What I don’t see is problems from private equity or proprietary trading.  These were not big problems in the current crisis, but the Obama Administration is focusing on these as if they are the enemy.

Look, my view is that banks should be able to invest in equity-like investments up to the level of their surplus, and no more.  By this, I mean real common equity, not hybrid equity-debt financing vehicles.

I believe that bank risk-based capital structures need to be strengthened.  I don’t care if it means that lending diminishes for a few years.  Far better tht we have a sound lending base than that we head into a Japanese-style liquidity trap, which Dr. Bernanke is sailing us into.  (He criticized the Japanese, and he does not see that he is doing the same thing.)

President Obama can demagogue all he wants, and make the banks to be villains.  In the long run, what makes economic sense will prevail, not what scores political points.

6 Comments

  • Donald Last says:

    You do talk so much commonsense. Send this to every Congressman.

    You also write plainly. One gets so tired of the tortured, jargonized prose deployed by economists in academia and the banks. Wrapping up simple notions in attentuated language to try to make it sound more profound than it really is.

  • Terry says:

    I’m with you right up to “…what makes economic sense will prevail…” Hasn’t happened yet in the history of the republic and I don’t expect it to happen in the foreseeable future. (Could argue that the New Deal policies were economically sensible at the time, I suppose.) Rightly or wrongly, the political view (right or left depending on time and circumstance) will prevail.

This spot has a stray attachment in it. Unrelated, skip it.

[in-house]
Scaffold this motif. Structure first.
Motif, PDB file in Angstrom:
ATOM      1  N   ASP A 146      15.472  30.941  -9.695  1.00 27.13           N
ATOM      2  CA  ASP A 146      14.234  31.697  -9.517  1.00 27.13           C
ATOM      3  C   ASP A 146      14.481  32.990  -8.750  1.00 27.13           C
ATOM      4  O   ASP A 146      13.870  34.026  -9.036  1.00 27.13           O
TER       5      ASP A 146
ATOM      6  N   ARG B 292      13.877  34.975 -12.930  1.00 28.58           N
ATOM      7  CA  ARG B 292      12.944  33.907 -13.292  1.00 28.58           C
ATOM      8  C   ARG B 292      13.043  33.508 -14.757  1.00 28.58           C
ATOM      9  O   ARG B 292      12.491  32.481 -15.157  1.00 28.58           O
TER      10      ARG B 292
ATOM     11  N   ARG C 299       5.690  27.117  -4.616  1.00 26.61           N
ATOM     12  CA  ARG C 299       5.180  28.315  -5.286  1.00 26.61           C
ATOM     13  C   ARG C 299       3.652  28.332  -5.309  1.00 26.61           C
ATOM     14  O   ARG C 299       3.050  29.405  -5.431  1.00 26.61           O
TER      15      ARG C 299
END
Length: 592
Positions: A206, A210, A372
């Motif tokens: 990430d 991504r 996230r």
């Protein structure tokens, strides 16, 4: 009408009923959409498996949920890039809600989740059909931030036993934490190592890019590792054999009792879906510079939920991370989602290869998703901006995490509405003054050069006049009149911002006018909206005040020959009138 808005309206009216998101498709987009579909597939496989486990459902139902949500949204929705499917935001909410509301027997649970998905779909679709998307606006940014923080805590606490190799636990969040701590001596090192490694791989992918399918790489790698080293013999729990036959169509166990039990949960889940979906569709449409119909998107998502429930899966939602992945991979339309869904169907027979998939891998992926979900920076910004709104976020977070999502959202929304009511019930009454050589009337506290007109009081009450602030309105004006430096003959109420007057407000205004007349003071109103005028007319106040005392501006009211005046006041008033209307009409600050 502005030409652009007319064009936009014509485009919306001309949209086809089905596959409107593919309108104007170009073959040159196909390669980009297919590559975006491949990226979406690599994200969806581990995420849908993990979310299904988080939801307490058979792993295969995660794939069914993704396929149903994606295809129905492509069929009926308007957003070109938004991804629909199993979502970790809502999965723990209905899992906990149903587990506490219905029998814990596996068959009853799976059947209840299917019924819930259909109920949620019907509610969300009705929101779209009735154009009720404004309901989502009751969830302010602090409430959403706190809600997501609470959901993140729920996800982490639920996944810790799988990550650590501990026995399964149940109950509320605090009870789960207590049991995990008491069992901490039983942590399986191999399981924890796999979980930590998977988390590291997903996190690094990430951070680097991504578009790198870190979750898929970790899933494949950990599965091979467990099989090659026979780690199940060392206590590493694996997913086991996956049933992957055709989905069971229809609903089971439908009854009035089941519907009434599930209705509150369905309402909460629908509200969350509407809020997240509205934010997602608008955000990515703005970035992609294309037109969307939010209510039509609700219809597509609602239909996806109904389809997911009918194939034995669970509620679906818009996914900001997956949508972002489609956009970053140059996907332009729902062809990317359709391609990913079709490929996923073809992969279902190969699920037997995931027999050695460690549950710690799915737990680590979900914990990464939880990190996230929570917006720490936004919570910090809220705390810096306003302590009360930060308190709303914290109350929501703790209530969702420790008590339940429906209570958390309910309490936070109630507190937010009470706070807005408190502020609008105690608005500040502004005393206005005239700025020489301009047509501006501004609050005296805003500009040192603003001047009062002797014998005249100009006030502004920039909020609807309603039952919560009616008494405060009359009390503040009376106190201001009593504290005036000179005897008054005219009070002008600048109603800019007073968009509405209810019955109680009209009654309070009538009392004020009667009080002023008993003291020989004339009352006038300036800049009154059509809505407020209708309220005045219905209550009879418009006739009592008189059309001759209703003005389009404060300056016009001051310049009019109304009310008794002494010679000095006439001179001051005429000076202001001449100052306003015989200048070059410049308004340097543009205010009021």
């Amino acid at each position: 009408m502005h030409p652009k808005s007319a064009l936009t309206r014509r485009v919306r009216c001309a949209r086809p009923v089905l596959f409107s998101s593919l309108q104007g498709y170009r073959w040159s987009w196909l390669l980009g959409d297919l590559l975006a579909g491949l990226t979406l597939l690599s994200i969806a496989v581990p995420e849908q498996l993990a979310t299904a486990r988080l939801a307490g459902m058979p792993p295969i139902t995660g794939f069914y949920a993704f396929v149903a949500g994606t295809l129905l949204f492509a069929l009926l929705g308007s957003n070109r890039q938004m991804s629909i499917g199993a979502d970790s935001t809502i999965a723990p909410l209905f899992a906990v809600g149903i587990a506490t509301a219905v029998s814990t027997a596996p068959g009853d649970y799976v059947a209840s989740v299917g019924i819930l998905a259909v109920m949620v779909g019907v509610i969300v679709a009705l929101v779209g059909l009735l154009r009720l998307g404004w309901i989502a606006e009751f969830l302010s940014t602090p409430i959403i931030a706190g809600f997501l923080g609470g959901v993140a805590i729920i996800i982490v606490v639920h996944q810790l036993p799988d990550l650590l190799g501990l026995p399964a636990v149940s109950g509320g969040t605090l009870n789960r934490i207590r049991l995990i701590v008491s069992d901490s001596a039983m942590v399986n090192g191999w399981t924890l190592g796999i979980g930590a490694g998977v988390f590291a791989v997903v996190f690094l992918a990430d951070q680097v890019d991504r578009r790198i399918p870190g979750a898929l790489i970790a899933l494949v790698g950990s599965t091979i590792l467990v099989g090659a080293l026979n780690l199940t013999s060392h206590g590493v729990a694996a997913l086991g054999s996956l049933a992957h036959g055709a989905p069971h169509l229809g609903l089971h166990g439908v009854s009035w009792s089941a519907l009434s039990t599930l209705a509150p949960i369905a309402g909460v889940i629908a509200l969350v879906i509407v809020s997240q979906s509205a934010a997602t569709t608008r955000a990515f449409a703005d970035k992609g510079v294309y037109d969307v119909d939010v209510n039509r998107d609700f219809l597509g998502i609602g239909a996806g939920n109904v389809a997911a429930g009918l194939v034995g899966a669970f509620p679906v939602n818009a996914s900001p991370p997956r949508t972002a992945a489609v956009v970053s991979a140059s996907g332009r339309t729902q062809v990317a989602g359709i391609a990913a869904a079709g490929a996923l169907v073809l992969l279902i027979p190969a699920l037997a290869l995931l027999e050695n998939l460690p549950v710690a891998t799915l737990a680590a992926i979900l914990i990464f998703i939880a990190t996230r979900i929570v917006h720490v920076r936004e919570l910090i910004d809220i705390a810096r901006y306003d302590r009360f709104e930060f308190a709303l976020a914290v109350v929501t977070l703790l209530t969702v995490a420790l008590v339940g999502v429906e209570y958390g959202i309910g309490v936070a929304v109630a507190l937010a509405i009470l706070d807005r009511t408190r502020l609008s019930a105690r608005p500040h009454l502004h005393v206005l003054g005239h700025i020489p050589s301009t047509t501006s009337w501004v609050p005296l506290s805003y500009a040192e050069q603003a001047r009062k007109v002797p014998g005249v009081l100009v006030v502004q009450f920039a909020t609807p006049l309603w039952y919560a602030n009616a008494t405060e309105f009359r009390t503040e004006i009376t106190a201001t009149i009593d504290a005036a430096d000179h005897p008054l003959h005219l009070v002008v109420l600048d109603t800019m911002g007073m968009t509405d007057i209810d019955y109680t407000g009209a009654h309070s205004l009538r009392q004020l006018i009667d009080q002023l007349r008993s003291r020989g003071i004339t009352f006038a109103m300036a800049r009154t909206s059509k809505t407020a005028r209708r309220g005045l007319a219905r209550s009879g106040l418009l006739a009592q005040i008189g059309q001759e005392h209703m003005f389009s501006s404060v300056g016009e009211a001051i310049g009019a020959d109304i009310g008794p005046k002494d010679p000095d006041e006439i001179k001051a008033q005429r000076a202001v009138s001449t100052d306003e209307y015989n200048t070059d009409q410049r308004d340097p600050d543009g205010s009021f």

• “The high leverage particularly applies to the investment banks, which asked for a change from the SEC and got it in 2004. The only bank to not lever up was Goldman; Morgan Stanley did it only a little bit. Guess who survived?”

    Gotta question your numbers there (and I’m as big a Goldman defender as anyone). Goldman definitely levered up — from 21:1 in 2004 to 26:1 in 2007. And Morgan Stanley levered up more than a little bit — from 26:1 in 2004 to a whopping 33:1 in 2007.

    Now, it’s true that Goldman levered up less than Lehman, Bear, and Merrill, but they definitely levered up. And Morgan Stanley was right in there with Lehman, Bear, and Merrill as well.

    Otherwise, though, I largely agree with all of your points.

  • dlr says:

    Well, he’s not reacting to the fact that it wasn’t proprietary trading that got them in trouble THIS TIME. All those problems happened way back in 2008. He doesn’t care about what caused the banking crisis, and doesn’t have any plans to address it. If he did, he would have done something about it a YEAR AGO, when he came into office.